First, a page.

Restrepo was just an extension of my journalism and it wasn’t a struggle at all to stay neutral. It was a bit of a breakthrough to realize that on a certain neurological level you can make a film that allows people to sort of almost think they're there.
When something explodes, when there's a loud noise in a movie, people jump because part of their brain thinks they're actually there. If you read the word "boom" in a book, you don’t jump because you don’t think you're there. But likewise in a documentary, where there's a lot of interviews with people outside of the drama, and a musical score, and a narration, all that stuff, your brain knows but you're not in that situation. If you strip all that stuff away, you can create the illusion. On some level, the viewer could have the illusion that they're actually there for an hour and a half, and that’s what we were trying to do.
In contrast to some other documentaries, you trusted that what was happening was interesting enough without trying to craft it into a story arc.
There is an arc. I mean there's an emotional arc, but there isn't – I mean every film, every story, every book, everything has an arc in the sense where you introduce people and introduce the situation and it sort of rises in tension and complexity and then it resolves. That’s every song, it's every book, it's everything. But what we didn’t want to do was overlay the political analysis or moral analysis on top of that arc.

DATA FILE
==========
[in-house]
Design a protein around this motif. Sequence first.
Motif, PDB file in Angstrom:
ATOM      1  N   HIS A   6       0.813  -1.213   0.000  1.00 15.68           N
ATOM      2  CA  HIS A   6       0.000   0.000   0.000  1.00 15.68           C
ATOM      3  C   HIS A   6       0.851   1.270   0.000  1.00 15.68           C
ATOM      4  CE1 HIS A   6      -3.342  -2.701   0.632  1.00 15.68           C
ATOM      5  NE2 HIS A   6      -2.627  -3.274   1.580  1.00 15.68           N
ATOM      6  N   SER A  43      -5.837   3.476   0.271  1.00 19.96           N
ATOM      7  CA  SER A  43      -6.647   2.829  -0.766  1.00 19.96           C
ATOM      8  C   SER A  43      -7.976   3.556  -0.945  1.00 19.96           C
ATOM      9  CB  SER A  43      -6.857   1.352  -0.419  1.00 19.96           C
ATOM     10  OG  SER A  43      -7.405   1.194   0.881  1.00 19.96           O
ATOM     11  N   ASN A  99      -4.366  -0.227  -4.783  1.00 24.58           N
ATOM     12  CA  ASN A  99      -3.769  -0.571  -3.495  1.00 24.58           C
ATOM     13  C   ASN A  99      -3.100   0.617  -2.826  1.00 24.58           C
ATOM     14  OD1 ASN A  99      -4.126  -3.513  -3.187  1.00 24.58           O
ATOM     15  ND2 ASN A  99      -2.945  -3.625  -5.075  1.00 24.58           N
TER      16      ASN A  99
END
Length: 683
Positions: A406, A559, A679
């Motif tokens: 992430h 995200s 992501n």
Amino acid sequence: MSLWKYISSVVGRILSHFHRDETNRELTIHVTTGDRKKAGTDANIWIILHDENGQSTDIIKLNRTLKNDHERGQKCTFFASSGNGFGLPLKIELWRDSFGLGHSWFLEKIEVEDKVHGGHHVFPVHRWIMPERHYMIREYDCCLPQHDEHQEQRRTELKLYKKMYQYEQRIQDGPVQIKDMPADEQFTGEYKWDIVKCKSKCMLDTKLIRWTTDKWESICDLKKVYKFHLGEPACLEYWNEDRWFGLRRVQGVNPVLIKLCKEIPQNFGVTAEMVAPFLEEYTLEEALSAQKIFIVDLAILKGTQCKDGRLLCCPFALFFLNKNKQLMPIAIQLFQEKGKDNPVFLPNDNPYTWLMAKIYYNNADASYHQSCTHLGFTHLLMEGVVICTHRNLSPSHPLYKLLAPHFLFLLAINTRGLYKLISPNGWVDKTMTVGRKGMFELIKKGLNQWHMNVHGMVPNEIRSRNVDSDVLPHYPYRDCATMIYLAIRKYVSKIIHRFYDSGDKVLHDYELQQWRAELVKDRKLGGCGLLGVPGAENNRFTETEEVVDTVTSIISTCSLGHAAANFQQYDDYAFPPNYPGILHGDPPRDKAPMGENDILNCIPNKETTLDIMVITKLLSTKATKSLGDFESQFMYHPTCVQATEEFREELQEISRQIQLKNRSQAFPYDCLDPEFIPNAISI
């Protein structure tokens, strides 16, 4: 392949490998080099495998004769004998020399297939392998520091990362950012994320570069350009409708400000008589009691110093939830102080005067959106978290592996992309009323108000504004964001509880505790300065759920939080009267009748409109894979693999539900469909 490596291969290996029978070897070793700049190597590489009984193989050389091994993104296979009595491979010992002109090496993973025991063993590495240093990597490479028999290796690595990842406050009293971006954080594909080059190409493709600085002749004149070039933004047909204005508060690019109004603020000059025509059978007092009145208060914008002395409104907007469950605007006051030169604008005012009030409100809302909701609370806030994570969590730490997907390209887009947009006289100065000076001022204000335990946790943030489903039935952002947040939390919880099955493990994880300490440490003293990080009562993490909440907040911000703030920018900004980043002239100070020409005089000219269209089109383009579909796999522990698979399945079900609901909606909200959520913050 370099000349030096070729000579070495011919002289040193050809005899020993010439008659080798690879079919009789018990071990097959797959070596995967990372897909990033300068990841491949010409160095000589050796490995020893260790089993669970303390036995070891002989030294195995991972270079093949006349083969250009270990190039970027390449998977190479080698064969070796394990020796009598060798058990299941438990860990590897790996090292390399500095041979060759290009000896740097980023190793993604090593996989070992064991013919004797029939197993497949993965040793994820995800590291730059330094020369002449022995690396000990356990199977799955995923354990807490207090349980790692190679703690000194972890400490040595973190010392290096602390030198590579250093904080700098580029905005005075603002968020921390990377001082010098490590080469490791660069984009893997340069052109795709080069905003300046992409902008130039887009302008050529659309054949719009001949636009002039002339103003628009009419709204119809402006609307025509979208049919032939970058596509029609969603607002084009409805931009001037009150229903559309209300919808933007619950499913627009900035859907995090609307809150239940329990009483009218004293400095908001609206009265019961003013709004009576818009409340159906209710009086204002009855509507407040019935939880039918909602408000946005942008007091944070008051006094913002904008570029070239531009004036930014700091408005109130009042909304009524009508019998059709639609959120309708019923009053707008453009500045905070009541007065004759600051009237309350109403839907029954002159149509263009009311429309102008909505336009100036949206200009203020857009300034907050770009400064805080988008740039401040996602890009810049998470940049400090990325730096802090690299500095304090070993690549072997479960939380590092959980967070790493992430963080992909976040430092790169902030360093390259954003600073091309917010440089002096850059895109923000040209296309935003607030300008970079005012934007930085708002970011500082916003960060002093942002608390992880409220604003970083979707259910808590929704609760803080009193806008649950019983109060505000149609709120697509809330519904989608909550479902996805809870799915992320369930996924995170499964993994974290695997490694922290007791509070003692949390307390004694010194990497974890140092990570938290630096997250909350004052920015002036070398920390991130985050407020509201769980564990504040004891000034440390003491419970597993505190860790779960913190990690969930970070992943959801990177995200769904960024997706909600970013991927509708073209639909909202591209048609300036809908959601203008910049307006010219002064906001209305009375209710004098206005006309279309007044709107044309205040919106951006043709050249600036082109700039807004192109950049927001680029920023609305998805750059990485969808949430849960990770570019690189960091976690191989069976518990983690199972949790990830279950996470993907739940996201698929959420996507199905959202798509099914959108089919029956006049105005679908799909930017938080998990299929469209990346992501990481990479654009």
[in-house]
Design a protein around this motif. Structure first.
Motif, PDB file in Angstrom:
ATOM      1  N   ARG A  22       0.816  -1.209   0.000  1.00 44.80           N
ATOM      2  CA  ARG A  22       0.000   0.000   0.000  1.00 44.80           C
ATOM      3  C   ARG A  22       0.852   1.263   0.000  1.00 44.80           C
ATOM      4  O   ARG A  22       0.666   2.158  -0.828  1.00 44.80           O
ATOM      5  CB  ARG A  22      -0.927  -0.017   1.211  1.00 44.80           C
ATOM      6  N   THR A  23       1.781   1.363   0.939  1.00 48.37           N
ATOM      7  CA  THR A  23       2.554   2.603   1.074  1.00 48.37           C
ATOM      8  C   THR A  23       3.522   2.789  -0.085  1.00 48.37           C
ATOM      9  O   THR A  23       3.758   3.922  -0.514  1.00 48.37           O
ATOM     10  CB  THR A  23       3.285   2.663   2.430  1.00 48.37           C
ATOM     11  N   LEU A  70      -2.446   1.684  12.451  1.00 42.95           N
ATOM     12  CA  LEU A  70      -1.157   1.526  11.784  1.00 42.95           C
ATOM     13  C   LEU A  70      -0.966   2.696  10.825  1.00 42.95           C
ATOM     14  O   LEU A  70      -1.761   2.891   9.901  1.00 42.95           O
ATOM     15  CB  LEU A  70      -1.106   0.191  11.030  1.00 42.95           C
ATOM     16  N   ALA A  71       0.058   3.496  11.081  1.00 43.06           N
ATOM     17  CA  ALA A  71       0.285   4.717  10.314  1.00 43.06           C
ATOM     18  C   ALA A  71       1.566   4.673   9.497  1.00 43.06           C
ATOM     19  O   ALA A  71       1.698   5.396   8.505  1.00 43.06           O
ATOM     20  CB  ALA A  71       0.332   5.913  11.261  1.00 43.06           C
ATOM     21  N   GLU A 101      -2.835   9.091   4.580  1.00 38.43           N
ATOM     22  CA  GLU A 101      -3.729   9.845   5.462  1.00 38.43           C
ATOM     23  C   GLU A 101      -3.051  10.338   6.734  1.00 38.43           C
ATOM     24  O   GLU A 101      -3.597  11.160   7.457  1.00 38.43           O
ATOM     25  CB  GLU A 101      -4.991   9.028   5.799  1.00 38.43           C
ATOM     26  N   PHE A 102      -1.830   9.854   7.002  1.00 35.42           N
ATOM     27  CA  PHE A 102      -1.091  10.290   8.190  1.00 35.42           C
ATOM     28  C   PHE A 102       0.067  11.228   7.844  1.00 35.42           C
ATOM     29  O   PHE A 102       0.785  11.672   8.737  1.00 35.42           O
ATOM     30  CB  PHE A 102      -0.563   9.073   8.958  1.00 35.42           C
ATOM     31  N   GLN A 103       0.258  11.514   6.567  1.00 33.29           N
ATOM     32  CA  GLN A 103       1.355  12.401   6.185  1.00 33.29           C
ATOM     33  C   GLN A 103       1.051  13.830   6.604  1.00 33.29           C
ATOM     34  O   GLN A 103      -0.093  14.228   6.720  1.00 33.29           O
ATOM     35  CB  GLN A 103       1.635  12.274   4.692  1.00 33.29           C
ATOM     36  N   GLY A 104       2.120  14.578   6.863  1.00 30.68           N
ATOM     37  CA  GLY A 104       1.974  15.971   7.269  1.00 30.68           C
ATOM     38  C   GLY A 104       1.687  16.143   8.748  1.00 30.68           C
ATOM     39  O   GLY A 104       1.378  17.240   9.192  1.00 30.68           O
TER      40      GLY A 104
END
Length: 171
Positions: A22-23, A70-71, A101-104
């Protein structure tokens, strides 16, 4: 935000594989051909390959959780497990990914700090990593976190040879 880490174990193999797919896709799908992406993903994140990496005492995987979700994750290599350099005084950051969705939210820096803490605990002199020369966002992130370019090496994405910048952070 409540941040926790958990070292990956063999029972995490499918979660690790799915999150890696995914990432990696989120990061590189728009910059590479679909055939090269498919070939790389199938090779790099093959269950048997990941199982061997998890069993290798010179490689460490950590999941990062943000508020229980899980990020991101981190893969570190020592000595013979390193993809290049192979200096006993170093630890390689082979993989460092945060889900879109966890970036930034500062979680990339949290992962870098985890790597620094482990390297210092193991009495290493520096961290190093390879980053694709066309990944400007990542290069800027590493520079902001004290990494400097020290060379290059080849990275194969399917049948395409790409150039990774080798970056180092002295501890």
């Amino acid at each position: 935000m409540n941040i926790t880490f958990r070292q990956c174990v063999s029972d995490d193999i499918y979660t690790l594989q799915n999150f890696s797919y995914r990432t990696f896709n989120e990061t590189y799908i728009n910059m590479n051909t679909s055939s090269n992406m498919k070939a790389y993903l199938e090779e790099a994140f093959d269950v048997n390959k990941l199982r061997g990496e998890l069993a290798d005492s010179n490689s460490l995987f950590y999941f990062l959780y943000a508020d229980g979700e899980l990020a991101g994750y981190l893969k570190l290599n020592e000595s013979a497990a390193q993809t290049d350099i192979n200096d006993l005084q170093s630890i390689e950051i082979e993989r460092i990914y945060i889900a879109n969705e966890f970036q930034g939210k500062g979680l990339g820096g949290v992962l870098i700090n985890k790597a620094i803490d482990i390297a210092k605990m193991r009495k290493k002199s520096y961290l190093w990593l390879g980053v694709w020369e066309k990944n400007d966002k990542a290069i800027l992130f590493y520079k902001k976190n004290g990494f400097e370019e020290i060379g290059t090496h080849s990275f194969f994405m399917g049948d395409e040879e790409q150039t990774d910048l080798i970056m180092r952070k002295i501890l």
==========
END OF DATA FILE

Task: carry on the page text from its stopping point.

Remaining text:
It would be interesting to see a movie about the guys who appear in both of the films and find out what's happened to them since 2008.
Well, part of the problem with that is they're not a group anymore. They're not a unit. You'd have to chase them down, get releases from them. You didn’t have to get releases from them when they were in the military, obviously. And a lot of guys don’t really want a video camera following them around while they're arguing with their wife or whatever. It would be interesting, but frankly I’m not sure it's that feasible.
Talk about what’s happened since how you finished the film and how it's being shown in theaters.
Tim and I funded the making of Restrepo, which put us several hundred thousand dollars in debt, which we got back because we sold it to National Geographic and then continued selling DVD's.
With Korengal, not only did I finance the making of the film, using the same editor as we worked with with Restrepo, but we also decided to not sell it to a distributor, to not sell it to a broadcaster. We were gonna do all of that ourselves. And so the model was that we would pay to put it in theaters, which would bring reviews and visibility. And then there's a three month hold back and then it's available online, VOD or DVD, and we make our money at that stage. We're not even talking to broadcasters, but we think we can make back and doing quite well just selling from our own website online. It's sort of the Louis C.K. model of distribution.
What’s your next project?
I made a third film called The Last Patrol for HBO. It's going to air in November. And it takes place in this country and it's with two combat vets from the Korengal and me and another journalist. We all decided never to go back to war again. And it's our attempt to process why war is so hard to give up and why it's so hard to come home. It's a really interesting film. So just keep your eyes out for it.